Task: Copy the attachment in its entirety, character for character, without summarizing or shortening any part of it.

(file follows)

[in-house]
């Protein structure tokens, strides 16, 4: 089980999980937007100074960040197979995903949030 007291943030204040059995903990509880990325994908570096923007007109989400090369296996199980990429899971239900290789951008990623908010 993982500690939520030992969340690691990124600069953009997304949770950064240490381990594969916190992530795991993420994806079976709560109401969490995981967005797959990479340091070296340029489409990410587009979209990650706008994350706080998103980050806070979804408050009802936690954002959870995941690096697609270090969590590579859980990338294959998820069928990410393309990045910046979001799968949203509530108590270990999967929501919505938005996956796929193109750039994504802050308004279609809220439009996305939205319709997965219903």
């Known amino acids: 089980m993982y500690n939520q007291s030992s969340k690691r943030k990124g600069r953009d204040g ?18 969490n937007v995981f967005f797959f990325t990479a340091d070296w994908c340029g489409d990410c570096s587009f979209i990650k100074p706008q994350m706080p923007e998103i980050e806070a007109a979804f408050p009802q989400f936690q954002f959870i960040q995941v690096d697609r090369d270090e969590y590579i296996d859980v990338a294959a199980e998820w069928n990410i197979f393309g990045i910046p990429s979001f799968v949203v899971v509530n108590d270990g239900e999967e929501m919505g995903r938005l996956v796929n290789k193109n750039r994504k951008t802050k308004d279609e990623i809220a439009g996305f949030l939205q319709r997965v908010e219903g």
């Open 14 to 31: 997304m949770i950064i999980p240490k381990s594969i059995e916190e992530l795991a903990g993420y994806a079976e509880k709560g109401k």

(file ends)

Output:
[in-house]
């Protein structure tokens, strides 16, 4: 089980999980937007100074960040197979995903949030 007291943030204040059995903990509880990325994908570096923007007109989400090369296996199980990429899971239900290789951008990623908010 993982500690939520030992969340690691990124600069953009997304949770950064240490381990594969916190992530795991993420994806079976709560109401969490995981967005797959990479340091070296340029489409990410587009979209990650706008994350706080998103980050806070979804408050009802936690954002959870995941690096697609270090969590590579859980990338294959998820069928990410393309990045910046979001799968949203509530108590270990999967929501919505938005996956796929193109750039994504802050308004279609809220439009996305939205319709997965219903």
């Known amino acids: 089980m993982y500690n939520q007291s030992s969340k690691r943030k990124g600069r953009d204040g ?18 969490n937007v995981f967005f797959f990325t990479a340091d070296w994908c340029g489409d990410c570096s587009f979209i990650k100074p706008q994350m706080p923007e998103i980050e806070a007109a979804f408050p009802q989400f936690q954002f959870i960040q995941v690096d697609r090369d270090e969590y590579i296996d859980v990338a294959a199980e998820w069928n990410i197979f393309g990045i910046p990429s979001f799968v949203v899971v509530n108590d270990g239900e999967e929501m919505g995903r938005l996956v796929n290789k193109n750039r994504k951008t802050k308004d279609e990623i809220a439009g996305f949030l939205q319709r997965v908010e219903g």
């Open 14 to 31: 997304m949770i950064i999980p240490k381990s594969i059995e916190e992530l795991a903990g993420y994806a079976e509880k709560g109401k």